By Kate Allen and Jim Pickard
George Osborne’s flagship Help to Buy equity loan scheme is poised to generate £4.5bn in profit for the government, making the Treasury one of the biggest beneficiaries of a housing boom that is drawing concern from policy makers.
Research by the Financial Times shows that the government is set to lend £7.7bn in the first stage of its scheme to help people buy new build homes. Based on official forecasts for house prices, it is on track to make a 59 per cent rate of return in nominal terms over its lifetime.
Taxpayers will welcome news that the initiative – regarded as the biggest state intervention in the market since Margaret Thatcher’s Right to Buy in the 1980s – appears unlikely to lose money. It comes as criticism over its contribution to potentially unsustainable price rises intensifies. Sir Jon Cunliffe, Bank of England deputy governor, has warned that rapidly rising house prices risk derailing the economy.
Average UK house prices rose by 10.9 per cent year on year, Nationwide data shows.
The Help To Buy equity loan programme, launched last spring, has seen the government take a 20 per cent stake in 19,394 house purchases by the end of March this year. It aims to back around 25,000 purchases a year until 2020.
With the Office for Budget Responsibility forecasting that house prices will rise by an annual average of 4.4 per cent over the life of the scheme, the government will benefit when buyers sell their homes.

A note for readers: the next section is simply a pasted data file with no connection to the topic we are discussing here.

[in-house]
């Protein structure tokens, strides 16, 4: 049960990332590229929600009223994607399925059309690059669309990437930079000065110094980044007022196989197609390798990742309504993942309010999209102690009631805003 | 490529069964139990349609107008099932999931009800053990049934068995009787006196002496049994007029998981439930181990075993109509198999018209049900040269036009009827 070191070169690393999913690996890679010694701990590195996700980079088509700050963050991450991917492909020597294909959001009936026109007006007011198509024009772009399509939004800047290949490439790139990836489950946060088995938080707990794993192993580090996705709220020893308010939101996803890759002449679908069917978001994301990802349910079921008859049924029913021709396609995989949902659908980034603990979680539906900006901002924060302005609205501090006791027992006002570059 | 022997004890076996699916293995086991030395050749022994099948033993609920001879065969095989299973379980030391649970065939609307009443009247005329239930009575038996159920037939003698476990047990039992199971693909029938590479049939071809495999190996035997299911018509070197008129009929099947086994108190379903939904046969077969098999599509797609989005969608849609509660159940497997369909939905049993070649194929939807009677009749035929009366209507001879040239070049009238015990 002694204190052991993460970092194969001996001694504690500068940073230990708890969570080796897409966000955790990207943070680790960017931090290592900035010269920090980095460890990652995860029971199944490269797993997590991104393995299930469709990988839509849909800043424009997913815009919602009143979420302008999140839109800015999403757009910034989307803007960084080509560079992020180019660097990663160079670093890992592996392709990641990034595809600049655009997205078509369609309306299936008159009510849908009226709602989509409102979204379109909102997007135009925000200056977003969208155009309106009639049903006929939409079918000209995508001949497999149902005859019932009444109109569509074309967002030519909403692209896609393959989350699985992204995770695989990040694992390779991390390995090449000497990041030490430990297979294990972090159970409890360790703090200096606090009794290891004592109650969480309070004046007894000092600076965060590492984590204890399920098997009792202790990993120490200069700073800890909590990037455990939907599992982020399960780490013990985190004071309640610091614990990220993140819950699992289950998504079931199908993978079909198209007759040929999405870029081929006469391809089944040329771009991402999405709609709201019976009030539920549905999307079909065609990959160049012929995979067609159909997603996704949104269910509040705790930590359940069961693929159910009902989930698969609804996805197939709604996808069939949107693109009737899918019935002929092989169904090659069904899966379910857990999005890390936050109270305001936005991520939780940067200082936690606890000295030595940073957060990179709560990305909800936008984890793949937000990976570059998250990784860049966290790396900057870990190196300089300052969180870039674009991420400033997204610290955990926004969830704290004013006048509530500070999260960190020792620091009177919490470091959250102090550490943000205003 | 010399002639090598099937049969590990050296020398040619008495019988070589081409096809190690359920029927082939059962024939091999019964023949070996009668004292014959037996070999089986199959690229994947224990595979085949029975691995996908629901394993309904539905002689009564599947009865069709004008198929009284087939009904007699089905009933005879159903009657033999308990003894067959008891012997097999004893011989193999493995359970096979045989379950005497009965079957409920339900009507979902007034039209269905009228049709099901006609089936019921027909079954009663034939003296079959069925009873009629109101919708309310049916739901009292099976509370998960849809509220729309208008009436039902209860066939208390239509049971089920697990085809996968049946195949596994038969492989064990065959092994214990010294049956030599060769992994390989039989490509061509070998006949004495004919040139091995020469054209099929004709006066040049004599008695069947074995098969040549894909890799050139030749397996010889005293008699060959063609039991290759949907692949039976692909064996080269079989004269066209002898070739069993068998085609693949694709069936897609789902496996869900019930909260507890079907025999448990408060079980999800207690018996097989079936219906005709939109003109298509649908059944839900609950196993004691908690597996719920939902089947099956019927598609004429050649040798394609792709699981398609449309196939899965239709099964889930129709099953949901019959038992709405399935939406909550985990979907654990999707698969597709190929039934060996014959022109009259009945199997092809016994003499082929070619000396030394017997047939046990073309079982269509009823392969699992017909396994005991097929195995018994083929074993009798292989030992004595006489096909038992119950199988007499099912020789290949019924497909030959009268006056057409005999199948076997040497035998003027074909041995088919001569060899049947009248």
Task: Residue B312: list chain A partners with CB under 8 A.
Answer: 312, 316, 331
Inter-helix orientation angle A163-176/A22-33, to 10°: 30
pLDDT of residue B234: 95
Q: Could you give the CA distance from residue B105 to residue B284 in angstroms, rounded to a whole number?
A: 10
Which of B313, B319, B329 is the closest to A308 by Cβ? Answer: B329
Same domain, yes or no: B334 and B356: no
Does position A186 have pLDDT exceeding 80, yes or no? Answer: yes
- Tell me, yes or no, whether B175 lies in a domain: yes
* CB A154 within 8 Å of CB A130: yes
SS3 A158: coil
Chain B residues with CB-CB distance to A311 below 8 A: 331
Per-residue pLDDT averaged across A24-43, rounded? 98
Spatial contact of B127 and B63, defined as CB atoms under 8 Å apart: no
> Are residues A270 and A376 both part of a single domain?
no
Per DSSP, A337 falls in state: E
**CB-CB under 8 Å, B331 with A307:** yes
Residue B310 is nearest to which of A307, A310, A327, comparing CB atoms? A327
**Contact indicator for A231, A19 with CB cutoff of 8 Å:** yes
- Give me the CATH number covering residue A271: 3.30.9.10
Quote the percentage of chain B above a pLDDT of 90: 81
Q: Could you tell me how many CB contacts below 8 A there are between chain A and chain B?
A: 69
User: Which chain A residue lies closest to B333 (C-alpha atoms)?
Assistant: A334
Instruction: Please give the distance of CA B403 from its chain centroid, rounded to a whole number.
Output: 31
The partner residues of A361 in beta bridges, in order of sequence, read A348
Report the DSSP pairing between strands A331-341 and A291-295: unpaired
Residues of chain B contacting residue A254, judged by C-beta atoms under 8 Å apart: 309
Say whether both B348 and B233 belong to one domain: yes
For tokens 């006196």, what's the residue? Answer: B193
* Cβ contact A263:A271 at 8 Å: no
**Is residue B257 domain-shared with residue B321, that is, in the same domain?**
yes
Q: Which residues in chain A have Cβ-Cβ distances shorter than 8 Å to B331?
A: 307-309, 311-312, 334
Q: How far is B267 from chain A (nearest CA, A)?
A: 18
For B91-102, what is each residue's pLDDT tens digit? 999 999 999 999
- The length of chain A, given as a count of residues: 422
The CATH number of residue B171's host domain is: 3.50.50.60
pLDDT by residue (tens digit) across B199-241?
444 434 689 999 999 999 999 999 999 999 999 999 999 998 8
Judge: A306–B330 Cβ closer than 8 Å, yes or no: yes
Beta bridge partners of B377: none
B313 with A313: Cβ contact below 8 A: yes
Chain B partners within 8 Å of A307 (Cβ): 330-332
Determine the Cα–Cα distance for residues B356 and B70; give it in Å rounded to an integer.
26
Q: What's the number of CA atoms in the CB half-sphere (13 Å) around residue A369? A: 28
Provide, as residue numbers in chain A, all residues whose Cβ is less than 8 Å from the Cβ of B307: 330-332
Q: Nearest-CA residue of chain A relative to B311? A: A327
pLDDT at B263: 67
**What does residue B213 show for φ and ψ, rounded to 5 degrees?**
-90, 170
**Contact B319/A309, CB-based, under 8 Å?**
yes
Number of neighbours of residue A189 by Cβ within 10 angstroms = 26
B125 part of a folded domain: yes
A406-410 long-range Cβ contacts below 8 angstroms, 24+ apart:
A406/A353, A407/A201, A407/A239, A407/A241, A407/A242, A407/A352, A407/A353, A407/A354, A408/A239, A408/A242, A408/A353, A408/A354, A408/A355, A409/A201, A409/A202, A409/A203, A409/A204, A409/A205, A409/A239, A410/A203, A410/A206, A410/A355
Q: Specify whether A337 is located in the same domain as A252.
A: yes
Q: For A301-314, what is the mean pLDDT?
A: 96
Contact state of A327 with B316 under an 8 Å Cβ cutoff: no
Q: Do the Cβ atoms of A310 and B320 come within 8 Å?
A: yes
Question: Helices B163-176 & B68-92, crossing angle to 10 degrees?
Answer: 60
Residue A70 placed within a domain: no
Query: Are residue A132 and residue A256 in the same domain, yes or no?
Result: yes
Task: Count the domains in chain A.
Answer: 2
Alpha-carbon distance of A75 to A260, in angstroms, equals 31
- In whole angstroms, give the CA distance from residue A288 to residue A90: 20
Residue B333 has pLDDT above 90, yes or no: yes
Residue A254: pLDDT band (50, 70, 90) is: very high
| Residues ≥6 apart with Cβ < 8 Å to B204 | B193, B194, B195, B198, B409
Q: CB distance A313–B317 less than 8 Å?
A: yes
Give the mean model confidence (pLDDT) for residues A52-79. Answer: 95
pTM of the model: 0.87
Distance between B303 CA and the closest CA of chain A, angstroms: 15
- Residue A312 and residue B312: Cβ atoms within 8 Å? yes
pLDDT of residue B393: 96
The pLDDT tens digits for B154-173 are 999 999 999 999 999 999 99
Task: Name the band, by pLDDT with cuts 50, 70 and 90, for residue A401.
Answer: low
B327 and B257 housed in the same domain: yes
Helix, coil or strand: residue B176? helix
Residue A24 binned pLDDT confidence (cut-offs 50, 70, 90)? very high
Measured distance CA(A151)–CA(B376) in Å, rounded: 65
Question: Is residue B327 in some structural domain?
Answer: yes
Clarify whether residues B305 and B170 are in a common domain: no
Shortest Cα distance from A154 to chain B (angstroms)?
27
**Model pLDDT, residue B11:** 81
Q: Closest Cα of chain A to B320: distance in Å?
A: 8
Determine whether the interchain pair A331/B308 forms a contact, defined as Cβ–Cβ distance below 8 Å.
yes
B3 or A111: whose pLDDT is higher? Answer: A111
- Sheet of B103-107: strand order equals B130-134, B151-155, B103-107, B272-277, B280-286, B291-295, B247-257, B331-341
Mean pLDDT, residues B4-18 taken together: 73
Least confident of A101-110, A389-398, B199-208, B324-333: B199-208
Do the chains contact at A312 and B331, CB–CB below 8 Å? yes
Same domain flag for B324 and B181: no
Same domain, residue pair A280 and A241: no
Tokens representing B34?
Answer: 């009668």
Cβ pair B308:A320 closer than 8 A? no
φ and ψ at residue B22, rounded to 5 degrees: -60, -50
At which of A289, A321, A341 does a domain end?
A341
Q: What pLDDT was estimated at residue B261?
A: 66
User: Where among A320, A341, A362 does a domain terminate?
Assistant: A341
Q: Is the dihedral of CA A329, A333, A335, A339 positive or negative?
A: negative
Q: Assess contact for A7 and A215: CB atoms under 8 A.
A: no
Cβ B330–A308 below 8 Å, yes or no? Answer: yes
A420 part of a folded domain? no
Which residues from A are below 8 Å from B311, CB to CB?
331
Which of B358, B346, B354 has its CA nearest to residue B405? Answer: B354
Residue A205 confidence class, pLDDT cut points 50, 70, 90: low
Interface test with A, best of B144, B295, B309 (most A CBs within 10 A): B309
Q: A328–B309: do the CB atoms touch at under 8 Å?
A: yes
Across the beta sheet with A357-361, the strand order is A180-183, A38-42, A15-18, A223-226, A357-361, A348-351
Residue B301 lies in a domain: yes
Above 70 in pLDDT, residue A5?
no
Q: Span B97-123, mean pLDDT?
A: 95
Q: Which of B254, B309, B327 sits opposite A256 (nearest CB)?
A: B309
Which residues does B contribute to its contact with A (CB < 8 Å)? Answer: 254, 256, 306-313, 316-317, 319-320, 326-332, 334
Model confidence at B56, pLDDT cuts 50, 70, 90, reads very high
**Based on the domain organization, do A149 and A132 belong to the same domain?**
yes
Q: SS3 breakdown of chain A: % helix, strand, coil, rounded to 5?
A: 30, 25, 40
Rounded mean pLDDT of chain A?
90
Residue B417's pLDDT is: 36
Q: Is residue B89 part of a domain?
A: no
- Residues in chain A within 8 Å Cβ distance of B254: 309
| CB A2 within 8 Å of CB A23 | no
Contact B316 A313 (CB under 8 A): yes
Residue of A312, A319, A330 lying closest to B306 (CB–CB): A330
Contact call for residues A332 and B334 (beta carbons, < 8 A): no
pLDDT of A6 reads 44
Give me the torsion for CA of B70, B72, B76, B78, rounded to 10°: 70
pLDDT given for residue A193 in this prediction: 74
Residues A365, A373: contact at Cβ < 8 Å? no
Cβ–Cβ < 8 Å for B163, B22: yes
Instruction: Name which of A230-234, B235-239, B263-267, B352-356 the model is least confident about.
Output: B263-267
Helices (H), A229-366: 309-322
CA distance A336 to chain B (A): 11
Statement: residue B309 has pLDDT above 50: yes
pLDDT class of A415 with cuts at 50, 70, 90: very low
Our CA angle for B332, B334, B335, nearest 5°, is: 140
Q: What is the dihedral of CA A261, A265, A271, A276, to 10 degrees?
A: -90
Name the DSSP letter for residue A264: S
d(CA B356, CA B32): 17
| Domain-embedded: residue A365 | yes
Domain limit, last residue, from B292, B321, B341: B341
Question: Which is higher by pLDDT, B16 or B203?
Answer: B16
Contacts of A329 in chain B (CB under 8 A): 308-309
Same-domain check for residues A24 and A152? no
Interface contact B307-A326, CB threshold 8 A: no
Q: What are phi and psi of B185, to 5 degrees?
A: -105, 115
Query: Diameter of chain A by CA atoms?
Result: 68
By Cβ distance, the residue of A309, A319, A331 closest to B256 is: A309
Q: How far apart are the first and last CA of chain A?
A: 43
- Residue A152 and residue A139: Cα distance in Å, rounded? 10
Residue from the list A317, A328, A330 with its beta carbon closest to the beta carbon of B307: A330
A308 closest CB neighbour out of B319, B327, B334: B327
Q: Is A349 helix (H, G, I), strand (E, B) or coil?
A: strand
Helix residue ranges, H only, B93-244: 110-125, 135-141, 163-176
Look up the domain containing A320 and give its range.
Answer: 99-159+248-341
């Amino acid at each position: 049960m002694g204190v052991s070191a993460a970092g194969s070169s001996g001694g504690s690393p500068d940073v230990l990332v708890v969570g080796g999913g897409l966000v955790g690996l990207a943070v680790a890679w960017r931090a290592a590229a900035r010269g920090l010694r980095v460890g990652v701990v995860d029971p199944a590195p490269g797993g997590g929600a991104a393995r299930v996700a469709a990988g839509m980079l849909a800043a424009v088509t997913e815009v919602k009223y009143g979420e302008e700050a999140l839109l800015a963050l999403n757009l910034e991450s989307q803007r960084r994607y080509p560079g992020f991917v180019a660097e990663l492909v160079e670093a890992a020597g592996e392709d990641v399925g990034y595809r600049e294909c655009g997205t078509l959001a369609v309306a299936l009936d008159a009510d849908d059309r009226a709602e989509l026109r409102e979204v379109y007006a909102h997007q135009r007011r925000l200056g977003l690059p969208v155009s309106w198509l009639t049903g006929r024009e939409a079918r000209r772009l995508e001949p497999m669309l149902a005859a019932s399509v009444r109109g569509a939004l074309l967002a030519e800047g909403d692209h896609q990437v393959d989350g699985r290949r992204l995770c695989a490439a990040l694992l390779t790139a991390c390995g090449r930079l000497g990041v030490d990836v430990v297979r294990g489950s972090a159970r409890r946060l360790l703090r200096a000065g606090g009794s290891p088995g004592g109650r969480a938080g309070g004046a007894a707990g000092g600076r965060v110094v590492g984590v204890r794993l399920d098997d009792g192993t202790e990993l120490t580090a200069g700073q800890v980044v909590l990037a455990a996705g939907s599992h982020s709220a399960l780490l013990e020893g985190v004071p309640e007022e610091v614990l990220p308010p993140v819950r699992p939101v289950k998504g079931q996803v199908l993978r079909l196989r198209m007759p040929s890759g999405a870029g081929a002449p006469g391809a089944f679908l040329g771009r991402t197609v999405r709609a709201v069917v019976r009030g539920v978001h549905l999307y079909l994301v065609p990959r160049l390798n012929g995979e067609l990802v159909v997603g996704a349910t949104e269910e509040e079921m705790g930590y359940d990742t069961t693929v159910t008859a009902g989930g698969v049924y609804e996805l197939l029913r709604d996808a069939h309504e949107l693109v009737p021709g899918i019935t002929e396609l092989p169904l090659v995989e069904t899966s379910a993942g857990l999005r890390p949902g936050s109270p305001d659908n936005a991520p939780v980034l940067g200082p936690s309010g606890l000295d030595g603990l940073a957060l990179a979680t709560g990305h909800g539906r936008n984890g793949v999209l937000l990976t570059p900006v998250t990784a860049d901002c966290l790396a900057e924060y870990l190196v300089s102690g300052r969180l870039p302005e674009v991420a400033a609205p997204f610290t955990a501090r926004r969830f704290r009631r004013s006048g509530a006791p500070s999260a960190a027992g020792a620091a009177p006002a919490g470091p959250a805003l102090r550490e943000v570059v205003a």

David Cameron, prime minister, was forced to defend Help to Buy in the Commons this week, insisting that the scheme would “expand aspiration and growth in our country” by helping young people without rich parents to buy a home.
Clive Betts, chair of the communities and local government committee – which oversees the scheme – has said that the government should plough any profits back into new housing.
A Treasury spokesman said: “Any profits would only materialise once people start selling.”
“The government continues to champion home ownership as one of its flagship policies, has a direct financial interest in the Help to Buy scheme and an increasing interest in the tax revenues generated from the housing market,” he said.
The equity loans are interest-free for the first five years; FT modelling assumes that all buyers sell their homes at the end of this period. The FT based its research on the £184,000 average price of homes sold so far, and on the government’s aim to lend on 25,000 homes a year. (FT)